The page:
As a $200,000 injection of outside money from a national group (see Gavel Grab) changes the focus of a Cole County, Missouri election for Circuit Court, a St. Louis Post editorial calls for changing the way judges are chosen there.
Cole County voters would do well to follow the model of Greene County voters, who decided in 2008 to halt electing local judges and instead adopt the merit-based selection system that is used to choose local judges in St. Louis and Kansas City, and all state appellate judges, the editorial says.
“The administration of justice is too important to have questions about whether one donor, or a group of donors, can buy their own judicial outcomes by using their cash to tilt an election,” the editorial asserts. Read moreNo comments
The politics and money in a testy race for the Montana Supreme Supreme Court are threatening to overwhelm other issues. That’s a conclusion that can be drawn from an Associated Press article entitled, “Montana Supreme Court race takes on partisan edge.”
The challenger is former state solicitor general Lawrence VanDyke. He is “trying to cast Justice Mike Wheat as a liberal activist judge as his Republican backers pour tens of thousands of dollars into ads to support that message,” the AP said.
Justice Wheat retorted, “Our court system is under attack from out-of-state money. When it’s over, I guess they will spend somewhere around $1 million. Why in the heck would they do that? Because they want a court that is not fair and balanced, a court that is going to make decisions more to their liking.” Read moreNo comments
“When are we going to reform the stupid way we choose these people?” That’s the question Allentown Morning Call columnist Bill White asks after an email scandal led to the suspension of a Pennsylvania Supreme Court justice.
White labels recently suspended Justice Seamus McCaffery (see Gavel Grab) “the judicial system’s Prince of Porn” and he also notes the conviction on public corruption charges in 2013 of an ex-justice, Joan Orie Melvin. White urges a shift to a merit selection system for choosing judges, saying that “with merit selection, we at least can ensure that the men and women we’re choosing are qualified and unbought.”
Lynn Marks of Pennsylvanians for Modern Courts, which has worked to advance merit selection legislation, told White, “Judges should be selected based on their record of personal integrity and temperament and qualifications, not on whether they’re good campaigners, good fundraisers or have a good ballot position.” White’s column is headlined, “McCaffery is new poster boy for merit selection.” Read moreNo comments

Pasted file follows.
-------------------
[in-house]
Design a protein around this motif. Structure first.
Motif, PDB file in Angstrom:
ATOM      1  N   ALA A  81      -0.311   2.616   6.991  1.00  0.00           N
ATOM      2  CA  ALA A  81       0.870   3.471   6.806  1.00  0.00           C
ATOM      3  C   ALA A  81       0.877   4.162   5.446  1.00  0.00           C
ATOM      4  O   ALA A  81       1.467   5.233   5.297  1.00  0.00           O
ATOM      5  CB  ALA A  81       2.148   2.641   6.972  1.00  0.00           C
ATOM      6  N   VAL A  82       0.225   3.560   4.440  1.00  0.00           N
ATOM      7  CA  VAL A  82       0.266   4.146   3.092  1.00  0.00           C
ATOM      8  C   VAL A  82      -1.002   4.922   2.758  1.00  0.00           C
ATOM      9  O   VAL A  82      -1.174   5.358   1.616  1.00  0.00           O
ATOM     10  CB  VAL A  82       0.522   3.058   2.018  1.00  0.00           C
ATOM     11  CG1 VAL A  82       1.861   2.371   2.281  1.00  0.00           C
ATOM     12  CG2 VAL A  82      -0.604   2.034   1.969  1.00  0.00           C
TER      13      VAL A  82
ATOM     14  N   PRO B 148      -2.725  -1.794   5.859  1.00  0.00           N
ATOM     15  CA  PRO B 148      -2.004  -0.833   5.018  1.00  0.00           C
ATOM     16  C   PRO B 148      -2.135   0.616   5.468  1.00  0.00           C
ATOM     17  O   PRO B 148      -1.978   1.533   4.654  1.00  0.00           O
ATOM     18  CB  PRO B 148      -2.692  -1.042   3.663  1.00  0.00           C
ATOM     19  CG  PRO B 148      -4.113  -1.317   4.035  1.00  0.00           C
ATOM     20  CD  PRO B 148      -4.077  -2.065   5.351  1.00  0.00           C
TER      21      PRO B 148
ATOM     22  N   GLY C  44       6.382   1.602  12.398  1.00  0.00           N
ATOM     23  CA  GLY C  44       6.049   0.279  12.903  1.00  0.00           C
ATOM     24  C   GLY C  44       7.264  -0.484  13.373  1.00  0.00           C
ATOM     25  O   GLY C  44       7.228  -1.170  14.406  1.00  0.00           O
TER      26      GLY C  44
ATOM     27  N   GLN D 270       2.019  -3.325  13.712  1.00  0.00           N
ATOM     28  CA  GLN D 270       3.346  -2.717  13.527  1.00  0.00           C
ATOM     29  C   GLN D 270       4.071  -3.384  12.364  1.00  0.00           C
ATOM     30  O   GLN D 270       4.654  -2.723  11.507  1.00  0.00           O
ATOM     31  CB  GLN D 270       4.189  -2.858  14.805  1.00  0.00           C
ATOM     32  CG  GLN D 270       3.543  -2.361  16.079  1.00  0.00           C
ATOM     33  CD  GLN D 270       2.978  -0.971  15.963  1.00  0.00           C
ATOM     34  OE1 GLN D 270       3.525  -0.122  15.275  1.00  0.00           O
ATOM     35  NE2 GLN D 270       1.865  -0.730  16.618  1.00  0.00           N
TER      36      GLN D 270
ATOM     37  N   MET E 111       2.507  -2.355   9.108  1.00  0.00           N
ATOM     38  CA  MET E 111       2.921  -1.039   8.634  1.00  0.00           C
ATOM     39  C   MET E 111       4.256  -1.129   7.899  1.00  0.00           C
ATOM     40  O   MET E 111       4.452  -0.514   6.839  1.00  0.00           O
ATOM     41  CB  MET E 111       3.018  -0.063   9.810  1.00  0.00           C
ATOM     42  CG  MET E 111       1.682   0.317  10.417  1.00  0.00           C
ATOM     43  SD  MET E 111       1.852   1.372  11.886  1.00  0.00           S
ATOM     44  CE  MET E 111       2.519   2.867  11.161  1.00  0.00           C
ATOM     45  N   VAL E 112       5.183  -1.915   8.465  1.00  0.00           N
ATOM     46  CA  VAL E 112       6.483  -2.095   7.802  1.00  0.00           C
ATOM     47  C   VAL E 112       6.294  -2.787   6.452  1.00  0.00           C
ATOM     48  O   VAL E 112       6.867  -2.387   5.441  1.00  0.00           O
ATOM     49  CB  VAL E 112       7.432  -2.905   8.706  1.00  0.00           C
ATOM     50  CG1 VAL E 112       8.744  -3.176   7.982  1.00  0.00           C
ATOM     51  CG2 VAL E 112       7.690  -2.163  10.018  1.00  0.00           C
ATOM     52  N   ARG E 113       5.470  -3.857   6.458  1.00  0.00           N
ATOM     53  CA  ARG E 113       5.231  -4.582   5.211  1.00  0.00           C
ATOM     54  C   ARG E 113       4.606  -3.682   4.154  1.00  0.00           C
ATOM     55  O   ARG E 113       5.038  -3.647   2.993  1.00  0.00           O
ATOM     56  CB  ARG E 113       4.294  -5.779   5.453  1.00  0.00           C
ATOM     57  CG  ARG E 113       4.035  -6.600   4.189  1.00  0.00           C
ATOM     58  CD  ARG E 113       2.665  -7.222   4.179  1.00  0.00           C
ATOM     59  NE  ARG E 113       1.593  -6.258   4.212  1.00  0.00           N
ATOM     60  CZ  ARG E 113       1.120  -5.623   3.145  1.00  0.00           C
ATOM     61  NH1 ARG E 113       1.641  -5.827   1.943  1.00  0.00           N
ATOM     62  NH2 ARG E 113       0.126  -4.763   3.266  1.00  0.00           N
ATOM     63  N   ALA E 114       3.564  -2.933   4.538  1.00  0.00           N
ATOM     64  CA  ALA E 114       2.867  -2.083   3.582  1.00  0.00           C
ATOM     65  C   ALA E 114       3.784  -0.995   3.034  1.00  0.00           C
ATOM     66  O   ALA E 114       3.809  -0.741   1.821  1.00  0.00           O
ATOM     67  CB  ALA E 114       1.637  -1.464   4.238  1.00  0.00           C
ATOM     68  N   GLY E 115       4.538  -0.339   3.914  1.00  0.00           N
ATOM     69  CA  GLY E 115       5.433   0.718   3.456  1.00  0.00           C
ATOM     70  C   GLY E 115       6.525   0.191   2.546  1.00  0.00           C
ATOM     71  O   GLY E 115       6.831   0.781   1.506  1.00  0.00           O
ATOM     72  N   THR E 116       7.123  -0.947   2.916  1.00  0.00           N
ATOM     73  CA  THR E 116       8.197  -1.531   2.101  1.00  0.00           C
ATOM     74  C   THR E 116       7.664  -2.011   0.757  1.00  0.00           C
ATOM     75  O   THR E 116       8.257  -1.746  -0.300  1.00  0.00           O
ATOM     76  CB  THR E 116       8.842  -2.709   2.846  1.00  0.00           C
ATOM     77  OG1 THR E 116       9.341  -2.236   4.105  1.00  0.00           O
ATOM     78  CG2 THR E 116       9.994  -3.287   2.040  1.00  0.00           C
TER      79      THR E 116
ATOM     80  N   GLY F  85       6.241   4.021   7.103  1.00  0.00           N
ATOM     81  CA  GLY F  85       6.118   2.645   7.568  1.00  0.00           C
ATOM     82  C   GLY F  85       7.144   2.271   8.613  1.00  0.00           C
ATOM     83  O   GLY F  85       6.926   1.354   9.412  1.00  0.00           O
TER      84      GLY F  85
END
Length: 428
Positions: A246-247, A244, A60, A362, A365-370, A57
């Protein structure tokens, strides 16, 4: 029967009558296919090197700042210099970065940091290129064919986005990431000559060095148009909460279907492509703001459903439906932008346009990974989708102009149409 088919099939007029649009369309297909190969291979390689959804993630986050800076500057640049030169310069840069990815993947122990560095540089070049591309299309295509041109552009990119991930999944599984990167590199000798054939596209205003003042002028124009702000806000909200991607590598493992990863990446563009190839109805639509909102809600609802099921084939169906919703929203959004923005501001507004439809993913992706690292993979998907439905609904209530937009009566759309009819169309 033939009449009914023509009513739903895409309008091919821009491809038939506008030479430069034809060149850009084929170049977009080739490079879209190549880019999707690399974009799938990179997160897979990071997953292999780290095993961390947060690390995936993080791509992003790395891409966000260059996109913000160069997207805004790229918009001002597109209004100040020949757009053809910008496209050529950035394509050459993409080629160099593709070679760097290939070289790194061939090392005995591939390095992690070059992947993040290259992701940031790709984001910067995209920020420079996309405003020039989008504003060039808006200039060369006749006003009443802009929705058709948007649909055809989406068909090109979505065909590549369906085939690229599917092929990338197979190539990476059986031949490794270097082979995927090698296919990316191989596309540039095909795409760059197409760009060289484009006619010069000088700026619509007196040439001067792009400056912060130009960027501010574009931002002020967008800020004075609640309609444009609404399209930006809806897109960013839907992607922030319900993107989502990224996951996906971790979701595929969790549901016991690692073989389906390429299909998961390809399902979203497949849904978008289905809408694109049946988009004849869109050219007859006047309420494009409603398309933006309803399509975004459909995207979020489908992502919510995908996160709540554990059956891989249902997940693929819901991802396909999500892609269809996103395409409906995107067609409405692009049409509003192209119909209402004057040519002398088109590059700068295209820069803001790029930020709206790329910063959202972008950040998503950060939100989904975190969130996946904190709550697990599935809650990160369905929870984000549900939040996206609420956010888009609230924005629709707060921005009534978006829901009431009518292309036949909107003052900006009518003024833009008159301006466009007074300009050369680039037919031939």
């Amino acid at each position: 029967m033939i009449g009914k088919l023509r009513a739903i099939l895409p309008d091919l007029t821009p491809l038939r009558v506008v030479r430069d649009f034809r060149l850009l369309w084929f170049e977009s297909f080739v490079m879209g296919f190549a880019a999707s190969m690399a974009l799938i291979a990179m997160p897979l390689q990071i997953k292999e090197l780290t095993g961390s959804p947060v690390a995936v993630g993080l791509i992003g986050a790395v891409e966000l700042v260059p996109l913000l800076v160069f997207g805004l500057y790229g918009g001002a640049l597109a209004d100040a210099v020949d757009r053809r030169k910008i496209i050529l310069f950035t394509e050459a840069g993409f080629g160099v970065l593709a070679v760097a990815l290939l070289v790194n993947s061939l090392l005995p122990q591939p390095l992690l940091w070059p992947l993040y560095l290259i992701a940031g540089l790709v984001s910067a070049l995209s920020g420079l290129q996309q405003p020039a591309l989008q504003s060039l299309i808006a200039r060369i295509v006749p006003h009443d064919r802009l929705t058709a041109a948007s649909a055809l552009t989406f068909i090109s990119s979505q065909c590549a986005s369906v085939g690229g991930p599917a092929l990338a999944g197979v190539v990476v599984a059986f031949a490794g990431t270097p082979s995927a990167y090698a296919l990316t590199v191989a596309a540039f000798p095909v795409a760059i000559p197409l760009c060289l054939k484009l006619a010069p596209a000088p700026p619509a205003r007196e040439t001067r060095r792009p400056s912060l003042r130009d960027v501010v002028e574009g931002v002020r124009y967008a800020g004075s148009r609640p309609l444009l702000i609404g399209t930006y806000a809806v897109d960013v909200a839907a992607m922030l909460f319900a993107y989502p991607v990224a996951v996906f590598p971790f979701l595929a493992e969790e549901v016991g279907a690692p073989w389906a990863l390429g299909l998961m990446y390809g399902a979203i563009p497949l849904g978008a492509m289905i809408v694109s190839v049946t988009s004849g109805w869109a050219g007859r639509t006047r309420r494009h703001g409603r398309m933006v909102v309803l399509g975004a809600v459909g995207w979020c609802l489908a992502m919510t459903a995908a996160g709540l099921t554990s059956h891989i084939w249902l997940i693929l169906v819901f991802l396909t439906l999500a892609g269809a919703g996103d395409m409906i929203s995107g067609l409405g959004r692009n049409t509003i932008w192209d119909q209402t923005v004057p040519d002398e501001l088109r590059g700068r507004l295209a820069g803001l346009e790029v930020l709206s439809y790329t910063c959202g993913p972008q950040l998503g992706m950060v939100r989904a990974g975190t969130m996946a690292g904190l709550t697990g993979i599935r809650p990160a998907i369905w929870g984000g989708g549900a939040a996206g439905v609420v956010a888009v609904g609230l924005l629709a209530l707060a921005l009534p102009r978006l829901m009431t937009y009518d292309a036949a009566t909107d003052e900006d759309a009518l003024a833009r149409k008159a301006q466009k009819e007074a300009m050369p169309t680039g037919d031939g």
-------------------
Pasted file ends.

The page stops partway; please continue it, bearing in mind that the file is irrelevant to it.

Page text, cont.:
In these other dispatches about fair and impartial courts:
- The Arizona Performance Commission on Judicial Retention has rated two Superior Court judges as unfit for a new term in office, the Arizona Republic reported.
- Sue Carlton wrote a Tampa Bay Times column that was headlined, “Weirdness in electing Florida judges is still as good as it gets.” It mentioned an upcoming U.S. Supreme Court case over Florida’s prohibition on judicial candidates soliciting campaign cash.
- A New York Times article about the U.S. attorney general, who is stepping down, was headlined, “A Holder Legacy: Shifting Terror Cases to the Courts, and Winning.”
Illinois state Sen. Dave Leuchtefeld, a friend and supporter of Illinois Supreme Court Justice Lloyd Karmeier, said opposition to the justice’s retention has been headed up by plaintiffs’ attorneys who stand to benefit if the court rules their way in two class-action cases.
“For these attorneys, it’s just like putting money in the stock market. It’s an investment,” Leuchtefeld told the Belleville News-Democrat. Earlier this week, Gavel Grab mentioned TV advertising critical of Justice Karmeier aired by a group calling itself Campaign for 2016. According to the News-Democrat, “The anti-Karmeier commercial slams him for accepting campaign donations from businesses during his 2004 election campaign and ‘letting corporations buy justice.’” Read moreNo comments